Award nominee survived despite many hardships

By Tony Parra: PNT Staff Writer

Editor’s Note: This is the fourth in a series of four stories about Pioneer of the Year Nominees.

Ellen Marcus came to Portales in 1928 with her husband F.M. Marcus and the young couple went through the Great Depression as farmers and raised their children at a time when they faced many struggles.
However, despite all the hardships Ellen Marcus put the needs of others before her own needs.
The 95-year-old Marcus is one of the four finalists for the Pioneer of the Year Award, which will be given out at 5 p.m., today, during the Pioneer of the Year Award Reception. The reception will be in the Memorial Building and kicks off the 2005 Heritage Days festival. Marcus, Clytie Calton, Jim Williamson and Jane Elizabeth Mauk Hilliard are the award nominees.
Ellen Marcus said she got married when she was 14 years old to W.F. Marcus, then 18.
“We ran away,” Ellen Marcus said of the young couple’s move from Oklahoma to Portales. “The doctors told W.F. that if he (didn’t) leave Oklahoma, because of his bad lung, he may not make it very long.”
The Marcuses headed out to Portales for better weather and settled in Portales because they were able to find jobs picking sweet potatoes.
“We didn’t know anybody,” Ellen Marcus said. “We stopped here because we found work. There wasn’t very much to Portales at the time. There were not many buildings on the square.”
Over time, Ellen said she learned to loved Portales and had no interest in living anywhere else. Her daughter, Thelma Louise “Peggy” Downs, said she has tried to get her mom to move in with her to Denver, but that Marcus is happy in Portales.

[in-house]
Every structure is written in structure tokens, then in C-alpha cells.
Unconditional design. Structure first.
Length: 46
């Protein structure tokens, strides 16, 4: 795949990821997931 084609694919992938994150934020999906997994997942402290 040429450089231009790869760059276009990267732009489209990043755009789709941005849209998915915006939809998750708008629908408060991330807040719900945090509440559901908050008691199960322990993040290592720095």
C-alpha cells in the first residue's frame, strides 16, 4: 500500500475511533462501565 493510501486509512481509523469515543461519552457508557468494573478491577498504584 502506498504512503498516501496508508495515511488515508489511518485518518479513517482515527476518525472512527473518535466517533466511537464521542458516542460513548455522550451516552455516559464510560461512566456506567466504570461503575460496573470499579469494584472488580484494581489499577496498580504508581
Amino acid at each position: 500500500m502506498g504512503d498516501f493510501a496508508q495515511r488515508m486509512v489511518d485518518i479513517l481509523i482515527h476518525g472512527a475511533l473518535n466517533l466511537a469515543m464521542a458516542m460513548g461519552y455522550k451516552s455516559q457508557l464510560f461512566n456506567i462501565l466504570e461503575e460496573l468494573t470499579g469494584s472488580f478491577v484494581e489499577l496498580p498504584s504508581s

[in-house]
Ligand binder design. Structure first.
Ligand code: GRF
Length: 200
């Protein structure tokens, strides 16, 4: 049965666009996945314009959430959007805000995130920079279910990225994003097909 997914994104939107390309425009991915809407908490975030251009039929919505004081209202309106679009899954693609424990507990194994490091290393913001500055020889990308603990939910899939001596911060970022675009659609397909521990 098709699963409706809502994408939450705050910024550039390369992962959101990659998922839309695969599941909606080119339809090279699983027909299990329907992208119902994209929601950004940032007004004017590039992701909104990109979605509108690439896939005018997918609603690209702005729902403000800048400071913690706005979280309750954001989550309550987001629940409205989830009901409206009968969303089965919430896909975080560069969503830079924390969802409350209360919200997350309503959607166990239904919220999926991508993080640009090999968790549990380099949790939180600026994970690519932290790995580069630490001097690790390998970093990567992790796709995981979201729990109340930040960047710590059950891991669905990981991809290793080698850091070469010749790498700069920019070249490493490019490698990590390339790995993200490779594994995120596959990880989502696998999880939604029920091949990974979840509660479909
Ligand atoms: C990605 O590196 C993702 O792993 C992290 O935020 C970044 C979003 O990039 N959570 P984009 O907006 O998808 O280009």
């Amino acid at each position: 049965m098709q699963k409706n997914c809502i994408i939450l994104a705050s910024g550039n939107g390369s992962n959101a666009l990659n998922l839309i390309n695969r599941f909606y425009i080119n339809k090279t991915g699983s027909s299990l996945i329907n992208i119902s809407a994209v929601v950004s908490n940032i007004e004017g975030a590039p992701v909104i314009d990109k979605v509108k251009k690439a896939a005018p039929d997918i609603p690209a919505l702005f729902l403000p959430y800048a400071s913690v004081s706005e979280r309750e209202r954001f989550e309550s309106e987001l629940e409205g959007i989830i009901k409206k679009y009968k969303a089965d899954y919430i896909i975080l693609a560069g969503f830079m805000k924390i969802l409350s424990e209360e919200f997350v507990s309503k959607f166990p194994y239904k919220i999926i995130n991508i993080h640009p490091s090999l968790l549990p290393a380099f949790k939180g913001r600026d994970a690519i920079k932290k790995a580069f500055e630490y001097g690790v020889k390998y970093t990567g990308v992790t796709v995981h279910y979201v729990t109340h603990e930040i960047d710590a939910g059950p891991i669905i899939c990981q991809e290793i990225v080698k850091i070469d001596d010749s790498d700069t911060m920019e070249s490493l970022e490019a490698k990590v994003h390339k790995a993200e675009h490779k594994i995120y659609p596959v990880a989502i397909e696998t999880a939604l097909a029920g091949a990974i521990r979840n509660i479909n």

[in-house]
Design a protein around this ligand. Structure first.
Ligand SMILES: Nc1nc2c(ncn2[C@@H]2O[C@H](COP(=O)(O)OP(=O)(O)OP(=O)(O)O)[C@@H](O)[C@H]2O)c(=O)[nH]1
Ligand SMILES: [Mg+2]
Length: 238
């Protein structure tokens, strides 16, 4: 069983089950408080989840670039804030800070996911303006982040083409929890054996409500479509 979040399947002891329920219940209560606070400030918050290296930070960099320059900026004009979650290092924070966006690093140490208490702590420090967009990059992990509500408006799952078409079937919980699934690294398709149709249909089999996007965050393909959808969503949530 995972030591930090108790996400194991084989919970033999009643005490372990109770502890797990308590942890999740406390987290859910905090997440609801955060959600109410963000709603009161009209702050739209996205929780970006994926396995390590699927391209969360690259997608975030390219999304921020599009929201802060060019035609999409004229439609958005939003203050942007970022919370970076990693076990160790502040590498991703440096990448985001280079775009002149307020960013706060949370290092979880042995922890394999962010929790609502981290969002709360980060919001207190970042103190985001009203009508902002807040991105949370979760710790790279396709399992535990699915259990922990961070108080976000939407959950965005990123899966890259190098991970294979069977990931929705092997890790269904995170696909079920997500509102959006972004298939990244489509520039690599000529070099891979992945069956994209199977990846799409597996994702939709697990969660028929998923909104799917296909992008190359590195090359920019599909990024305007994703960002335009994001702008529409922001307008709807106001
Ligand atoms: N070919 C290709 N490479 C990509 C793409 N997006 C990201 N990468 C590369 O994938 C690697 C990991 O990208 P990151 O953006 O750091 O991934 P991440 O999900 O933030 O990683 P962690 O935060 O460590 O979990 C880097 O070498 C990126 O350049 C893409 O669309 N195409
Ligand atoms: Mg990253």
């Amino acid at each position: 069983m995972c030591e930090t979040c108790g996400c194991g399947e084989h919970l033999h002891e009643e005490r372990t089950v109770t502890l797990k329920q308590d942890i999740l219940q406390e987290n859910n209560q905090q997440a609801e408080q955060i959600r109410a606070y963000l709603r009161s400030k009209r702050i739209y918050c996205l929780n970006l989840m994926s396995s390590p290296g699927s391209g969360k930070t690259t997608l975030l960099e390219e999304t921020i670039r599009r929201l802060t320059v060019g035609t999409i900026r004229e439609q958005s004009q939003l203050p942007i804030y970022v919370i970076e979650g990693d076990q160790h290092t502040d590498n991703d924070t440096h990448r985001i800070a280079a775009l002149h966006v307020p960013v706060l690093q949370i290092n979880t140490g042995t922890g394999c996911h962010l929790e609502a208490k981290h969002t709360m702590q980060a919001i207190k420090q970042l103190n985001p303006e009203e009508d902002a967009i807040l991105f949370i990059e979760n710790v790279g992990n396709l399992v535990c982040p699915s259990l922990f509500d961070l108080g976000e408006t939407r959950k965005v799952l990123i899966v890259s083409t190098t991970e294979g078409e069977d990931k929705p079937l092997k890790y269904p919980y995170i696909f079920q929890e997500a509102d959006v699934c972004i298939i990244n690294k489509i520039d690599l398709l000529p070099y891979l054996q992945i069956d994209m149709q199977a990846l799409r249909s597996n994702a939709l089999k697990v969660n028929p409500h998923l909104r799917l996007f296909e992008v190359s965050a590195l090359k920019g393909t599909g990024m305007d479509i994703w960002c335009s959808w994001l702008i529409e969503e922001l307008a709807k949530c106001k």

“She’s had to do a lot for herself since my father passed away in 1977,” Downs said. “I think she was so pleased to hear she was nominated. She’s always put the needs of others before her needs. I can’t say enough good things about my mom.”
Downs can recall a time when her mother had just one nice dress for special occasions to wear to town, but she was willing to loan it out to a friend that didn’t have one.
There was a time, also, that Marcus recalls her and her husband helped out a family.
“We had only two rooms,” Marcus said. “We took in a family that was down and out. They slept in the kitchen.”
According to Marcus, there were many special memories she has about living in Floyd and Portales. She raised her children, Downs, Edgar Floyd “Pee Wee” Marcus and Barbara Faye “Polly” Evans to be Christians through a Nazareth church in Portales.
“One of the funnies moments I remember was when Eddy was three years old,” Marcus recalled. “He used to ride an old mare that was so gentle. Eddy Floyd would climb on the fence then climb on her back. We had some good times at the farm.”
Downs said her mother worked on the farm right alongside W.F. doing all of the hard labor. According to Downs, they used to have cotton, peanut and sweet potato fields and they used to have to clean the fields among other duties.
Downs also said her parents were strict, but Downs would not have wanted it any other way. The women in the family couldn’t wear pants, only the men could. Women couldn’t cut their hair because it was their “glory.” The women also weren’t allow to show skin and couldn’t wear sleeveless shirts.
“You had a life in which you obey your mother and father,” Downs said. “You didn’t talk back to your parents.”